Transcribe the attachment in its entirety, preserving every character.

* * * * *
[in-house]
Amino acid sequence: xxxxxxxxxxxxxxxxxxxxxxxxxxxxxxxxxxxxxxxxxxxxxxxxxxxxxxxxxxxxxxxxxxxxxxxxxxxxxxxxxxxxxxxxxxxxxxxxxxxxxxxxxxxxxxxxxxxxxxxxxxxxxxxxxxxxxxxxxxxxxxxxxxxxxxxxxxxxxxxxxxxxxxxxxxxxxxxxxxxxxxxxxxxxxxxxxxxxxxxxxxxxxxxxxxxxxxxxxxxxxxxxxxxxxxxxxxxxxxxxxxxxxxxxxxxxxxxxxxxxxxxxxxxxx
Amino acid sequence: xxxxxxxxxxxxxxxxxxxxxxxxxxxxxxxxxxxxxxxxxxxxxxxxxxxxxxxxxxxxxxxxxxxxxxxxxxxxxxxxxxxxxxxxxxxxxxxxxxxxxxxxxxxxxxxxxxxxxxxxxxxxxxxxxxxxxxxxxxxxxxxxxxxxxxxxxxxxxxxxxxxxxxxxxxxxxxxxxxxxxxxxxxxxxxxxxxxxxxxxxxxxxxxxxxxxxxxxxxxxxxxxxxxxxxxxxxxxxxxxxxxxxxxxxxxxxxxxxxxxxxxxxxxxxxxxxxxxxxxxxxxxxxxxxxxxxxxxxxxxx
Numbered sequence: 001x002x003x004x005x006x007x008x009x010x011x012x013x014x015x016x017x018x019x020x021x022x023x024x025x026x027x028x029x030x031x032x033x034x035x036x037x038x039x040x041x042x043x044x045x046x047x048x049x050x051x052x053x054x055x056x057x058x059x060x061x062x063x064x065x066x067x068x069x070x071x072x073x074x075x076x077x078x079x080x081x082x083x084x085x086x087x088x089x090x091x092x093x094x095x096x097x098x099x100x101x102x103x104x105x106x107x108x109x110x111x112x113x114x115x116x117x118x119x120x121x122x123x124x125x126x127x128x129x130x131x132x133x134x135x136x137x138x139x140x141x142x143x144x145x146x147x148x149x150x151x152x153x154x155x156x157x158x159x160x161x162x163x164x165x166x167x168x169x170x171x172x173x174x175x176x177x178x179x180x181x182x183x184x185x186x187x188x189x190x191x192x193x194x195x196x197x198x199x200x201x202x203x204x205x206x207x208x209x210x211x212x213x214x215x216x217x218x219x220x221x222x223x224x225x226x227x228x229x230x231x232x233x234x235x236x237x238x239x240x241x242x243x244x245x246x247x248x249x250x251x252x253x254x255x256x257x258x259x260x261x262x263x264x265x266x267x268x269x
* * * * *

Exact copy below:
[in-house]
Amino acid sequence: xxxxxxxxxxxxxxxxxxxxxxxxxxxxxxxxxxxxxxxxxxxxxxxxxxxxxxxxxxxxxxxxxxxxxxxxxxxxxxxxxxxxxxxxxxxxxxxxxxxxxxxxxxxxxxxxxxxxxxxxxxxxxxxxxxxxxxxxxxxxxxxxxxxxxxxxxxxxxxxxxxxxxxxxxxxxxxxxxxxxxxxxxxxxxxxxxxxxxxxxxxxxxxxxxxxxxxxxxxxxxxxxxxxxxxxxxxxxxxxxxxxxxxxxxxxxxxxxxxxxxxxxxxxxx
Amino acid sequence: xxxxxxxxxxxxxxxxxxxxxxxxxxxxxxxxxxxxxxxxxxxxxxxxxxxxxxxxxxxxxxxxxxxxxxxxxxxxxxxxxxxxxxxxxxxxxxxxxxxxxxxxxxxxxxxxxxxxxxxxxxxxxxxxxxxxxxxxxxxxxxxxxxxxxxxxxxxxxxxxxxxxxxxxxxxxxxxxxxxxxxxxxxxxxxxxxxxxxxxxxxxxxxxxxxxxxxxxxxxxxxxxxxxxxxxxxxxxxxxxxxxxxxxxxxxxxxxxxxxxxxxxxxxxxxxxxxxxxxxxxxxxxxxxxxxxxxxxxxxxx
Numbered sequence: 001x002x003x004x005x006x007x008x009x010x011x012x013x014x015x016x017x018x019x020x021x022x023x024x025x026x027x028x029x030x031x032x033x034x035x036x037x038x039x040x041x042x043x044x045x046x047x048x049x050x051x052x053x054x055x056x057x058x059x060x061x062x063x064x065x066x067x068x069x070x071x072x073x074x075x076x077x078x079x080x081x082x083x084x085x086x087x088x089x090x091x092x093x094x095x096x097x098x099x100x101x102x103x104x105x106x107x108x109x110x111x112x113x114x115x116x117x118x119x120x121x122x123x124x125x126x127x128x129x130x131x132x133x134x135x136x137x138x139x140x141x142x143x144x145x146x147x148x149x150x151x152x153x154x155x156x157x158x159x160x161x162x163x164x165x166x167x168x169x170x171x172x173x174x175x176x177x178x179x180x181x182x183x184x185x186x187x188x189x190x191x192x193x194x195x196x197x198x199x200x201x202x203x204x205x206x207x208x209x210x211x212x213x214x215x216x217x218x219x220x221x222x223x224x225x226x227x228x229x230x231x232x233x234x235x236x237x238x239x240x241x242x243x244x245x246x247x248x249x250x251x252x253x254x255x256x257x258x259x260x261x262x263x264x265x266x267x268x269x